Martin 5-18

5-18Somewhere around 1965 I became more interested in playing the blues, which made my low-end but still excellent Spanish Classical guitar a poor choice for fretting my way down to the crossroads. One Saturday I went with a friend to a party where I discovered an entire room full of blues recordings … all that vinyl. Later on I even started my own collection of what were once termed “Race Records” but I discovered that entire catalogues had been bought up to bring out cheap “best of” collections from many of the old bluesmen and early blues labels.

One day my friend and I were cruising down to the semi-local music store (Ozzie’s) and they had a trade-in that I had to have.  I gave them my classical guitar, borrowed $75 bucks from my friend’s Dad (I’m sure I paid him back) and took home an early 1949 Martin 5-18. Although I added a D-28 in the early ’70s, that 5-18 was always around and until just last month, never was stored in any sort of case.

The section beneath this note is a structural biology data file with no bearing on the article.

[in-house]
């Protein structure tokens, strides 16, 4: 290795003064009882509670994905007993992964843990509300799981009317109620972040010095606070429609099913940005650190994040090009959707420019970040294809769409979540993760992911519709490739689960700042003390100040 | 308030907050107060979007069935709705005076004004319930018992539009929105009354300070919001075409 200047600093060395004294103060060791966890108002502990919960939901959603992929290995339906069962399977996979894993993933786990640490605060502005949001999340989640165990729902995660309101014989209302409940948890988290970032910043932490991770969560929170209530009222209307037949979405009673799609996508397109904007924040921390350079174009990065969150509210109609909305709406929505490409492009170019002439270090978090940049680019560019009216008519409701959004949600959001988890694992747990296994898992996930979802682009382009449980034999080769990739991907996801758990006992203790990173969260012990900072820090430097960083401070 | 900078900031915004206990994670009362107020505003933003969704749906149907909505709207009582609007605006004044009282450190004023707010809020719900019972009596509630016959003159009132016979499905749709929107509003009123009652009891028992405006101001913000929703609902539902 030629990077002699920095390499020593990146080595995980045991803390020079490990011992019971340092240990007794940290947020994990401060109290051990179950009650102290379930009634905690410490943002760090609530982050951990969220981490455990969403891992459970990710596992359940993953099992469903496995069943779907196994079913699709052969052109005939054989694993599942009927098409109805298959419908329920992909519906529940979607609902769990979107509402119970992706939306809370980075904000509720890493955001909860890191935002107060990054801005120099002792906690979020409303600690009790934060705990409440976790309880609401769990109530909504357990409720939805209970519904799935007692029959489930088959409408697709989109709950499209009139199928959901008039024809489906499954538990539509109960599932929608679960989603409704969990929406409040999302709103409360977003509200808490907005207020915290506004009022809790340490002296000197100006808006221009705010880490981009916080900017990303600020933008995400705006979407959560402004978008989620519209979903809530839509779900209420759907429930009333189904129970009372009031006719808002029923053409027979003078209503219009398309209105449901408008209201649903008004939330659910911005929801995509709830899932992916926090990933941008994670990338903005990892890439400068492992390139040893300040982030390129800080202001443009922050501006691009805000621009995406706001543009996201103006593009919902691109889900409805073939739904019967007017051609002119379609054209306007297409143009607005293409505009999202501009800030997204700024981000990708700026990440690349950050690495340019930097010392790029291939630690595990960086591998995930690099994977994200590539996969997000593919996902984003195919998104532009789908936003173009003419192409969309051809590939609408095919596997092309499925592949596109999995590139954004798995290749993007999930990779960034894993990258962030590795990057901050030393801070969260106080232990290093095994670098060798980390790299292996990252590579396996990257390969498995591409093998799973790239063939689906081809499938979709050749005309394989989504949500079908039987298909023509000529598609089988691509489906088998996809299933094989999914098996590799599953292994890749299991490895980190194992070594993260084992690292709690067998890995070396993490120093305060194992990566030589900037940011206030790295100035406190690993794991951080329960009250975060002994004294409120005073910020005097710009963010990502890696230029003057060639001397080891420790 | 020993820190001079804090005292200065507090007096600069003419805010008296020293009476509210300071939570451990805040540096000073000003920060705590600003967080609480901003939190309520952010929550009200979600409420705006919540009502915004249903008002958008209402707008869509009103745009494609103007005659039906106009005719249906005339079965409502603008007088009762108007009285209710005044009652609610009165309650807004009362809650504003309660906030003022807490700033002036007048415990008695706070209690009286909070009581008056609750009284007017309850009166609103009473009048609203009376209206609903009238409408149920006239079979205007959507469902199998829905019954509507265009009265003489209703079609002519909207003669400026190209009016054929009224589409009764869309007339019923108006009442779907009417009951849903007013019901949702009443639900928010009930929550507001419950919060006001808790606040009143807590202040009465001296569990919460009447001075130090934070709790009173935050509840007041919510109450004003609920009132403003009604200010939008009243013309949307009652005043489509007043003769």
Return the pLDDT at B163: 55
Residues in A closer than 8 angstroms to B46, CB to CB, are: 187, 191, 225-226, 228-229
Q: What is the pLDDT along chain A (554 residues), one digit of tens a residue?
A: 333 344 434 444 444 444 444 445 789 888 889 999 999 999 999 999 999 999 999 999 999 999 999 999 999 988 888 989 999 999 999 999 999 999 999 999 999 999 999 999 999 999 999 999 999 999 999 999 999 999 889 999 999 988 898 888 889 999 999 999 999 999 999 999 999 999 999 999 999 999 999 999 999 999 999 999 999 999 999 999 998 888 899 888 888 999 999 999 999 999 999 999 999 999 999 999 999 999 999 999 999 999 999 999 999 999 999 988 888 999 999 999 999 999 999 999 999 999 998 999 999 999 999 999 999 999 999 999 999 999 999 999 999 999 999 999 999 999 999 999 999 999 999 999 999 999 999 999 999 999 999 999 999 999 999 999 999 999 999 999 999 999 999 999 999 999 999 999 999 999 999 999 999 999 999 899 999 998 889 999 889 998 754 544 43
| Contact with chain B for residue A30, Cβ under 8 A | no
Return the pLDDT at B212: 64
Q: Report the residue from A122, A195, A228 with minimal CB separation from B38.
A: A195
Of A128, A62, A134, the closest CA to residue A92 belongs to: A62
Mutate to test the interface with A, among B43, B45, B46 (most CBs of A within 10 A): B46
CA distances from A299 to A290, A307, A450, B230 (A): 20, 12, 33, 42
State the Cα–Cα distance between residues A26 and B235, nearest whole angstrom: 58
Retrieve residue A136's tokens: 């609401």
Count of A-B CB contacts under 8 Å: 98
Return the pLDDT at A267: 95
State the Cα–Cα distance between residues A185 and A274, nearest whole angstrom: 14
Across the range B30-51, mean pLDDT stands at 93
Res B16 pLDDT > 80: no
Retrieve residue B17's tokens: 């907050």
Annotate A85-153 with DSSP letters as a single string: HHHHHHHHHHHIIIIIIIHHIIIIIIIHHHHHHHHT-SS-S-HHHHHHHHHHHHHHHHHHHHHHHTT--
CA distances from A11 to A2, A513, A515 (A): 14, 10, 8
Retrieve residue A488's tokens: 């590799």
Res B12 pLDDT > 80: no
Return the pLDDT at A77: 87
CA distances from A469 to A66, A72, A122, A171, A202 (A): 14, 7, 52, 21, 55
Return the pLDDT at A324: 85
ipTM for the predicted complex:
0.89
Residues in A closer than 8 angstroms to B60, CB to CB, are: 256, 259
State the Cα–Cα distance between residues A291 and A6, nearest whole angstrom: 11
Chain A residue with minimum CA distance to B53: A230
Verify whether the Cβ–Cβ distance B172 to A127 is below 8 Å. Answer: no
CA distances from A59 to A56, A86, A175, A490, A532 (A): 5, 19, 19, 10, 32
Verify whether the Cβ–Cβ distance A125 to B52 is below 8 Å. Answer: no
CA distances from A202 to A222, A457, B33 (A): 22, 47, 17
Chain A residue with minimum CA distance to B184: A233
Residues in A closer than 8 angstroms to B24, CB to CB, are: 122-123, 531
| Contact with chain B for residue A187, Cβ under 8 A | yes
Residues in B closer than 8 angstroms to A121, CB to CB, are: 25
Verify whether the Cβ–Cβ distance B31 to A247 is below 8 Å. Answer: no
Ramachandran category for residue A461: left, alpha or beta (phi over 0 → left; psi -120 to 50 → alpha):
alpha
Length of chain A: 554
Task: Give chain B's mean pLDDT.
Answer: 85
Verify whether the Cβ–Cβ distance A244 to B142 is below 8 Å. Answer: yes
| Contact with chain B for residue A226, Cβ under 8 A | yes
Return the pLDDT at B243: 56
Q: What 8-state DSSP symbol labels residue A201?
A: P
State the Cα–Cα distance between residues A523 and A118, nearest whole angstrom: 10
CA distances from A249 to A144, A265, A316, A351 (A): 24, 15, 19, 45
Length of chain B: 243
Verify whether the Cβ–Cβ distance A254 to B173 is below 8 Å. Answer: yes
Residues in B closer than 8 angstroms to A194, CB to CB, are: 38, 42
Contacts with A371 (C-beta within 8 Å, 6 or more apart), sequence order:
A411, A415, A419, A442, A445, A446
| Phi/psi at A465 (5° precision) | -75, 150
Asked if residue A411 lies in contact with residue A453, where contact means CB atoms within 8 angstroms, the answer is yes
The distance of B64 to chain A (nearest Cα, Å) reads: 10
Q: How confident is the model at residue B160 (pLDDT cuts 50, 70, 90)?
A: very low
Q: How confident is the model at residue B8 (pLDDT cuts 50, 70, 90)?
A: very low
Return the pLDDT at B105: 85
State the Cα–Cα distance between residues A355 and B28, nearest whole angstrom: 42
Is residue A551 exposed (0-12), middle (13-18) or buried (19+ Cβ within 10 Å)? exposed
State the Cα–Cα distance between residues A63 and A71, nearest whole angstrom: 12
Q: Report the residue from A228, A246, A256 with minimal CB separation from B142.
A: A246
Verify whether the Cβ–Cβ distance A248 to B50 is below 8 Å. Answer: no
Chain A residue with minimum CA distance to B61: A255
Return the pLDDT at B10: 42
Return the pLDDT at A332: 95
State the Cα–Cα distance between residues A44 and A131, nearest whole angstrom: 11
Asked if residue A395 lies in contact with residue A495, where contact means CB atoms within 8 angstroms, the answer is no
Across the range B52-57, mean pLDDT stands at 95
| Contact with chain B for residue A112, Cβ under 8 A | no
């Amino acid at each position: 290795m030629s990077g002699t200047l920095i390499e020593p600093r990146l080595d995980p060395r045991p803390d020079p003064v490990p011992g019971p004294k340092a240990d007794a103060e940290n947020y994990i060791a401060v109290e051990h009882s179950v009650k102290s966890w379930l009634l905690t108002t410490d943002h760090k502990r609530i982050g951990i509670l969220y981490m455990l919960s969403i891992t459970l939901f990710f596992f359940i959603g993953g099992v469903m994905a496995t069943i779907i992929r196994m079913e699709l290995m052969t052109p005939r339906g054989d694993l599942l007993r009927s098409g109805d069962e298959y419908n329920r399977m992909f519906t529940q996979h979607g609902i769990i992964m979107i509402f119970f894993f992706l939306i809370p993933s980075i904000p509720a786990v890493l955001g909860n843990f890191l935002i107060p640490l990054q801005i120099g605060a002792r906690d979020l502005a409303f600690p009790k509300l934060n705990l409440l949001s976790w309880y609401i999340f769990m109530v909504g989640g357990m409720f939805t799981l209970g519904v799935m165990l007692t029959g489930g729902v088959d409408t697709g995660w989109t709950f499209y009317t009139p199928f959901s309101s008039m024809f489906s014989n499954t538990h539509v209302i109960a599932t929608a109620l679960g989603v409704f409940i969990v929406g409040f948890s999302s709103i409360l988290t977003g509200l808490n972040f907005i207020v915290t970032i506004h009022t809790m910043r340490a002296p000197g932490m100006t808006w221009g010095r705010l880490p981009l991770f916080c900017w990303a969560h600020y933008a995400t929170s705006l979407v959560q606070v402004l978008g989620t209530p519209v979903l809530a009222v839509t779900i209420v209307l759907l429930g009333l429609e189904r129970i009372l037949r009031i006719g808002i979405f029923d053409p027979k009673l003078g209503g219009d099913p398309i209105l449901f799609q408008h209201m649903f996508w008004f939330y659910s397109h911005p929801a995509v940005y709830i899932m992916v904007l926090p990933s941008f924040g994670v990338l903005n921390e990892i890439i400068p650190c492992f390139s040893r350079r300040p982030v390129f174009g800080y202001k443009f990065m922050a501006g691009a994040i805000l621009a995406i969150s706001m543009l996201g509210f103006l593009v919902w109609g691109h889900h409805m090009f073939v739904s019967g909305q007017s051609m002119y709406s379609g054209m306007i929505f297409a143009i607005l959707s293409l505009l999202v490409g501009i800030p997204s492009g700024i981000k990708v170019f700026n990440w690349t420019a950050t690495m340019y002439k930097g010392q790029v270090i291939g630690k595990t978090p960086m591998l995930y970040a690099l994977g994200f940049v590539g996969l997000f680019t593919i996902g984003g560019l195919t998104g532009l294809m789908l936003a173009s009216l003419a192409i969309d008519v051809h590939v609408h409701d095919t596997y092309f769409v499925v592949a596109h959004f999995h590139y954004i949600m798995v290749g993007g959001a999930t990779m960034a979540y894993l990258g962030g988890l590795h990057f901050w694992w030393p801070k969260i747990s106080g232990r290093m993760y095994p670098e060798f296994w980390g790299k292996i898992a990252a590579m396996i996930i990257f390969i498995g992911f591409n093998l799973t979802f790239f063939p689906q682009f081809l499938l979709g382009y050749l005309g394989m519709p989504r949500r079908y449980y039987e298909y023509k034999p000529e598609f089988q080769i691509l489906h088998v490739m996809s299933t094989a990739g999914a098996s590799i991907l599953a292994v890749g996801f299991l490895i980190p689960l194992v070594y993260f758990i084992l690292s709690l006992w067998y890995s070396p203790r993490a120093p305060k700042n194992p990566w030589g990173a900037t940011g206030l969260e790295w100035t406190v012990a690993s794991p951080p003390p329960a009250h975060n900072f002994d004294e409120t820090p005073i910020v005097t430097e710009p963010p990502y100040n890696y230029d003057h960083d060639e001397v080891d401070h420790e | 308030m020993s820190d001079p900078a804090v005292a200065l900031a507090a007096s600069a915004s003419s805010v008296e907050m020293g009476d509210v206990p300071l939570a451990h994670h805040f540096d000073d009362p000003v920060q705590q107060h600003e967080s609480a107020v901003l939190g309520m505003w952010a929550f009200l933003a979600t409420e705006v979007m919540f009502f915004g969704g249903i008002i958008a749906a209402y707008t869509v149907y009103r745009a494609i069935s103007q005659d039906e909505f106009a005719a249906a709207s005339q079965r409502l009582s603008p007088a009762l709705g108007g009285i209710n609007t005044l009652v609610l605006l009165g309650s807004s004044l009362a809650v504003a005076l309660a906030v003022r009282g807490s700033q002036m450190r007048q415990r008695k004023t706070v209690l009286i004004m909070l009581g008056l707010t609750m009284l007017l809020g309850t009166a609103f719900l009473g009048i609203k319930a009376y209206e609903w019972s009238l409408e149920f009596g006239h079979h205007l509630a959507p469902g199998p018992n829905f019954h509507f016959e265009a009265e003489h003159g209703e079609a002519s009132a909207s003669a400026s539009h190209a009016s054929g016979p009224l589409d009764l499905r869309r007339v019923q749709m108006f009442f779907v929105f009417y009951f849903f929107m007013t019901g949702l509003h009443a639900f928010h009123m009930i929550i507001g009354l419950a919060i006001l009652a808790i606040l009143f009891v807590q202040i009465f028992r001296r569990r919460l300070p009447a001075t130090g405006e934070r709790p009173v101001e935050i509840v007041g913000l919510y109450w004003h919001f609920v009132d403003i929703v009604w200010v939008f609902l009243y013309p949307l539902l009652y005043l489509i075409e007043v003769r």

When I was short of money the ’80s I took my guitars into a shop in New Jersey and discovered the little 5-18 was worth three-times the value of the D-28. My daughter now has the D-28 and I still have the 5-18 (now at least in a gig-bag). Due to arthritis and other old age complaints, I really cannot play the guitar any more but I discovered the ukulele recently and with only four soft strings, I’m having fun.

The value of the 5-18 keeps climbing so I’m holding on to it. I never have really investigated the instrument but this morning I was hopping around YouTube and found a video of someone playing a 1944 Martin 5-18: the playing is great, the guitar looks almost new, and I had to share …

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